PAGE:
October 18, 2012 at 7:10 AM
Elephant in the election room: cost of higher education
With the cost of higher education rising along with the level of student debt upon graduation, politicians at the national and state level need to address the issue frankly and provide real solutions.
SEATTLE — As a master’s student at the University of Washington with a small mountain of student loans, I find myself paying even closer attention to the 2012 election. And I don’t just mean listening to Mittens and BO (an unfortunate combination of nicknames if I’ve ever seen one). I think the Washington State governor’s race is just as important.
I have been educated entirely through Washington State public schools, from kindergarten through my last quarter of graduate school (not counting one year in pre-kindergarten lest some fact checker start digging). First of all, let me say thanks to anyone who has made a purchase in state for the financial support. Secondly, I need to come out of the closet, as a current Husky who did her undergrad at Washington State University.
We all know that tuition rates have shot up at colleges around the state (and country) in the past few years. But let me just put it in perspective. My final year of undergraduate study at WSU, the tuition cost $5,812, a 7% increase from the previous year. This past May, five years later, WSU approved a tuition rate of $10,874 for 2012-2013, a 16% increase from the previous year.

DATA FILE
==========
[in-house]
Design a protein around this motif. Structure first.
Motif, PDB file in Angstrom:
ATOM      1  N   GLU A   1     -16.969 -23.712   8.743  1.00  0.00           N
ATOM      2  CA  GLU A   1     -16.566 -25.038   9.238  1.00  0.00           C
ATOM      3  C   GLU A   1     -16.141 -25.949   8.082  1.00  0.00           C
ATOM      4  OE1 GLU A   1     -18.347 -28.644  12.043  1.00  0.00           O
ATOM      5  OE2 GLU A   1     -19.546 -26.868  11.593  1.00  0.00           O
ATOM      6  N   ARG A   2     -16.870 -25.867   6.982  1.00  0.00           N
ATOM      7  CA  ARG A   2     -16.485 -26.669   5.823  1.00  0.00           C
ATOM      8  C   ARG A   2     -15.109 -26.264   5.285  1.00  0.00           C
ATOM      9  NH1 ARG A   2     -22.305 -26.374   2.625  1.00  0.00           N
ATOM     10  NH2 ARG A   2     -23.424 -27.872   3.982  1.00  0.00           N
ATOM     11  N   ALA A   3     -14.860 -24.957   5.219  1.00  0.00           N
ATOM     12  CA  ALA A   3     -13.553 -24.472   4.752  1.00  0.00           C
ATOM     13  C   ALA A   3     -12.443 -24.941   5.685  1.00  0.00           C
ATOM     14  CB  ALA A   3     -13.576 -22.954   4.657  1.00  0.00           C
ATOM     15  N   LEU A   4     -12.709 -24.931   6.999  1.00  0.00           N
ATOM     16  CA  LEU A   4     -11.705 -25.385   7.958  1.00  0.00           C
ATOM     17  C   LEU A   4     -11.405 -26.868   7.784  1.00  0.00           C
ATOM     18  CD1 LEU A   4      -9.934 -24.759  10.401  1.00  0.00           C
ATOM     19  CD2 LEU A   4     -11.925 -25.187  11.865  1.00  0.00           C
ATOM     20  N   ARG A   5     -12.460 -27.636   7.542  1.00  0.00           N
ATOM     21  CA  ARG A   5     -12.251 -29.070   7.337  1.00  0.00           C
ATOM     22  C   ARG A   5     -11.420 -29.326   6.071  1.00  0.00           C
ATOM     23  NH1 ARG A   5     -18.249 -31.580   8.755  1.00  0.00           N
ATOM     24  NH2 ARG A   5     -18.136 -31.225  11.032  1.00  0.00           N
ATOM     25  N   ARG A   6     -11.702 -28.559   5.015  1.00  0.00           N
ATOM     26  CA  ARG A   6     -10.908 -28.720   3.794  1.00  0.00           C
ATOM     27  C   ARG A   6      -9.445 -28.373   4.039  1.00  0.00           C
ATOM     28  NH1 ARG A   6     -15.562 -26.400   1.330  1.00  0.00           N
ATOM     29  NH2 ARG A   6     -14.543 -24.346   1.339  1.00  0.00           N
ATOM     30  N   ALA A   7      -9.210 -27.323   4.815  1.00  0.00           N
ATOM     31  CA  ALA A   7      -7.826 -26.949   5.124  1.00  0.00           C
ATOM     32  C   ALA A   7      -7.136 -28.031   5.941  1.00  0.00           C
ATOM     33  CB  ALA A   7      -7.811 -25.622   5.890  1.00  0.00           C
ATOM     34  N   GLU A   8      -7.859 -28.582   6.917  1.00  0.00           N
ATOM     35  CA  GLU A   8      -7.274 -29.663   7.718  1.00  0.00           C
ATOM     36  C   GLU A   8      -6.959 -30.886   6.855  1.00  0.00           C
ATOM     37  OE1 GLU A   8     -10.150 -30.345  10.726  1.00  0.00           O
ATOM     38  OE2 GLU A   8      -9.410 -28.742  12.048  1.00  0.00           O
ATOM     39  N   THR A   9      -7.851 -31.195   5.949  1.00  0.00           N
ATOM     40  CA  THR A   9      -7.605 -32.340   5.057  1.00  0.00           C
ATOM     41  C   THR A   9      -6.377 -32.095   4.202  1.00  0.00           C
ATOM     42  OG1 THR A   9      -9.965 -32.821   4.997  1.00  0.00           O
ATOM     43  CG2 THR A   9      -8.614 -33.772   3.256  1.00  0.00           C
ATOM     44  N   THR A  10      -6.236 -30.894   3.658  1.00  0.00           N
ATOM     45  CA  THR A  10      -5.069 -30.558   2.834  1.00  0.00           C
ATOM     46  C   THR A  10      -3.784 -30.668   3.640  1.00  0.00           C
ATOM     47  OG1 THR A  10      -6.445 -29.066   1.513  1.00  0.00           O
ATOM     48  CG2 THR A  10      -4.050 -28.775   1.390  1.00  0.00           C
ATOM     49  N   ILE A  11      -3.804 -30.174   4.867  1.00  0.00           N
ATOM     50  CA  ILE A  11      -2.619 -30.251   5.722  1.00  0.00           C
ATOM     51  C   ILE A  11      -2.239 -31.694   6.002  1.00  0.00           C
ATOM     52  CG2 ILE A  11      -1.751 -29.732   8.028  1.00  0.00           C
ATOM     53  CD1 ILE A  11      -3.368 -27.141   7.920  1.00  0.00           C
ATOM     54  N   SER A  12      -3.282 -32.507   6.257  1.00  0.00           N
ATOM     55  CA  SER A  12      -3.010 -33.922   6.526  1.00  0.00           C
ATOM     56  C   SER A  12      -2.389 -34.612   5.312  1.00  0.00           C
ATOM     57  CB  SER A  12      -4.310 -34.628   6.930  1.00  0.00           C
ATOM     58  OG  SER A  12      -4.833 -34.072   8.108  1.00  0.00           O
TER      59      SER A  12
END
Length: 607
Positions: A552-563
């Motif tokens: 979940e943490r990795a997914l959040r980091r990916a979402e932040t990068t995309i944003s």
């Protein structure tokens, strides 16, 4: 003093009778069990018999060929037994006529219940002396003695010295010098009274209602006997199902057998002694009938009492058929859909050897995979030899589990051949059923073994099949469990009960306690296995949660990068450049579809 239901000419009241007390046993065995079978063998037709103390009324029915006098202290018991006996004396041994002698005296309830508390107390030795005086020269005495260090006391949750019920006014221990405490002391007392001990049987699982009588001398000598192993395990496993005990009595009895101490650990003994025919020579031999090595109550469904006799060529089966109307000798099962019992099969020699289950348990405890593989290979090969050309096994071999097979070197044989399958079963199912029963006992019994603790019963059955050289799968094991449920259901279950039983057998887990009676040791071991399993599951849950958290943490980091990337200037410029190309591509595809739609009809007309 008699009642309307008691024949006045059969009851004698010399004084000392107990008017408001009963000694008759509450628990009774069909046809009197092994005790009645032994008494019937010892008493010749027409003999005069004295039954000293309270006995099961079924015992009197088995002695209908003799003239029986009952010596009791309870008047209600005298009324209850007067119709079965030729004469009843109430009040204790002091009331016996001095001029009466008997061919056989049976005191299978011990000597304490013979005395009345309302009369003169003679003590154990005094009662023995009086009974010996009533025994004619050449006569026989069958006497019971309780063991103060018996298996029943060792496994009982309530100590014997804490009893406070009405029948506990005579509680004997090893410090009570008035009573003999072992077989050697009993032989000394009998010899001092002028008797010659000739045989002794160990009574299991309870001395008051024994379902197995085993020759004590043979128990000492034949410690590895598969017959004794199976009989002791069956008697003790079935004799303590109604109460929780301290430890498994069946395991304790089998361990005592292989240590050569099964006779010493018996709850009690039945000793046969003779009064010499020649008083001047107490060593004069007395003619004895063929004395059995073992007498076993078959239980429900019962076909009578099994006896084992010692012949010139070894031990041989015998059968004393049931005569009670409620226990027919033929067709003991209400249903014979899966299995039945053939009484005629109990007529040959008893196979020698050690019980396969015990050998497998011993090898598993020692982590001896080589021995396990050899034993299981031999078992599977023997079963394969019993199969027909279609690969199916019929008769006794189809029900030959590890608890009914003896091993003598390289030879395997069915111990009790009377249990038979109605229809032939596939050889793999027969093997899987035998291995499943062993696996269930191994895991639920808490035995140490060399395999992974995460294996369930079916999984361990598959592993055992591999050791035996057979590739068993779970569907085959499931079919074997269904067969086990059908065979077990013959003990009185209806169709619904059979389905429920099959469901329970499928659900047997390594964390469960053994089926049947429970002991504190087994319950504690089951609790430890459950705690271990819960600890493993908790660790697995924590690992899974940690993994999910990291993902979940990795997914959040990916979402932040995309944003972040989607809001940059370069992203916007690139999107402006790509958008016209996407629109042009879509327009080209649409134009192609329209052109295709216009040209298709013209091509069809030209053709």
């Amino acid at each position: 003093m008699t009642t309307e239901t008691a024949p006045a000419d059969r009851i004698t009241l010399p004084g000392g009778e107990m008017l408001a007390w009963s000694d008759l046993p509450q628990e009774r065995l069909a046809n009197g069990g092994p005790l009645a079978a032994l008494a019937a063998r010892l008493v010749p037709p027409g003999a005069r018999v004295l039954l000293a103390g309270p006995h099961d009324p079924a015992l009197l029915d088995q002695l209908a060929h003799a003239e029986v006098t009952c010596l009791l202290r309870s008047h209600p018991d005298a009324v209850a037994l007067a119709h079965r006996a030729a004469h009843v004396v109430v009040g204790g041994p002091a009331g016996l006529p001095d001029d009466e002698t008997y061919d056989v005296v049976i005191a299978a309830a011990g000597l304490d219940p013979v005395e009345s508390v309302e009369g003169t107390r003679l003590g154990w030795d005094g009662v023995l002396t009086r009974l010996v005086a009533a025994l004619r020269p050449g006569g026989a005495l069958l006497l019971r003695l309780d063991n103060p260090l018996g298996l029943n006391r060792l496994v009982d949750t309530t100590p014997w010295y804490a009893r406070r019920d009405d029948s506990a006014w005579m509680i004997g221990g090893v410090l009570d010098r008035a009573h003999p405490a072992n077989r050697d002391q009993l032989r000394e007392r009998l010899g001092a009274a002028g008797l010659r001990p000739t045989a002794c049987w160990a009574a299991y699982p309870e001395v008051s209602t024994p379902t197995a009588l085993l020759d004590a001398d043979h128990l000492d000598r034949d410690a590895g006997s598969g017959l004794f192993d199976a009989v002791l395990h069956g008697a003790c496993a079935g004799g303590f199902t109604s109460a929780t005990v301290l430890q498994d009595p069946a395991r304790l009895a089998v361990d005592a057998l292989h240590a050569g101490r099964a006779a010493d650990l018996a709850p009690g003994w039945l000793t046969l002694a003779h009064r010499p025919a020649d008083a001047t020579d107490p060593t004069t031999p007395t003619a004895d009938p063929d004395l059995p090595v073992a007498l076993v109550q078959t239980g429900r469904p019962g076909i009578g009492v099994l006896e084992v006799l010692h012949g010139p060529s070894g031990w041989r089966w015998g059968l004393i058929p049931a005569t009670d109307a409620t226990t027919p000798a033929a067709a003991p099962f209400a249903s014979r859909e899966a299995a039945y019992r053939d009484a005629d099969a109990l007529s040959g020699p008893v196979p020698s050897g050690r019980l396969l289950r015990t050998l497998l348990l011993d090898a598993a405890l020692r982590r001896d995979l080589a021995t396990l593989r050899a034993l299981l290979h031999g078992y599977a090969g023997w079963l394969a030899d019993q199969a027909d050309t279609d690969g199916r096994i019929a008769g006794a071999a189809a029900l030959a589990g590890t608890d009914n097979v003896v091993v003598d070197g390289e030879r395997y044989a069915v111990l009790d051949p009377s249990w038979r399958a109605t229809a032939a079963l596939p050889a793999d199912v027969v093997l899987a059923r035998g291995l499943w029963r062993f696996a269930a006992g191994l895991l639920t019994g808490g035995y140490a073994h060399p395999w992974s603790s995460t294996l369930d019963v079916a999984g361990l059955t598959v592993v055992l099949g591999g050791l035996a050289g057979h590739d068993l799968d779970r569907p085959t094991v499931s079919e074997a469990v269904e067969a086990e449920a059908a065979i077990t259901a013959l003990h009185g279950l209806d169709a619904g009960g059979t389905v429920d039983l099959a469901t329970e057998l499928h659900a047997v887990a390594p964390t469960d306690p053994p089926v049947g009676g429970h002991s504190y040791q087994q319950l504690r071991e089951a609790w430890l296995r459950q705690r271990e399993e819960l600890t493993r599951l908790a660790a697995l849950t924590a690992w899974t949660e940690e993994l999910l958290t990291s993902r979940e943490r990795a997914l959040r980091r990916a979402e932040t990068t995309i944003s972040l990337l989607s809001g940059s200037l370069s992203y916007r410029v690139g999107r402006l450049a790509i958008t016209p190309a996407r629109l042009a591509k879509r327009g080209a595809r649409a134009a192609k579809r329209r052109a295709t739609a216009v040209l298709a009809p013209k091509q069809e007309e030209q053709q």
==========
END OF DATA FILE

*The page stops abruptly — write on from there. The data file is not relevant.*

That’s 87% more than my final year of undergraduate. In five years.
Similar raises were made at other state universities and the proposal has been made to de-fund the University of Washington. Higher education in Washington State has been dramatically impacted by the recession over the past four years. Yesterday WSU President Floyd proposed tying the school’s tuition increases to the Consumer Price Index, so that the cost would rise with inflation.
Add to that the issue of student debt. As of 2010, the average graduate in Washington has a student debt load of over $22,000. This year total student loan debt passed credit card debt in the U.S. and has topped $1 trillion (an amount Austin Powers didn’t even use in 1999).
American Student Assistance reports that “as of the first Quarter of 2012, the under 30 age group has the most borrowers at 14 million, followed by 10.6 million for the 30-39 group, 5.7 million in the 40-49 category, 4.6 million in the 50-59 age group and the over 60 category with the least number of borrowers at 2.2 million for an overall total of 37.1 million.”
Of the 37 million student loan borrowers, around 5.9 million have fallen at least 12 months behind on payments. Combine that with high interest rates for those who default and no federal statute of limitations on collections, and it seems to me a recipe for disaster.
Maybe you think I’m overreacting. But I think the number 1,000,000,000,000 says otherwise.
Budget shortfalls and cuts today are something the younger generations are going to pay for for decades to come. Add to that higher than average unemployment rates for recent graduates, higher numbers than ever moving back in with parents, and issues with programs like Social Security and Medicare, and I think we have a recipe for disaster.
I know I sound alarmist – I swear that’s not my default setting – but this issue should be leading discussions during this election season. (Along with the environment, health care, jobs, etc., etc. Okay,we have a few issues.)
I’ve been thankful to see it as a such a focus in the Washington governor’s race, but I’d like to see it more in the national conversation. Mitt Romney promising one student a job after graduation, which he did in Tuesday’s presidential debate, isn’t enough.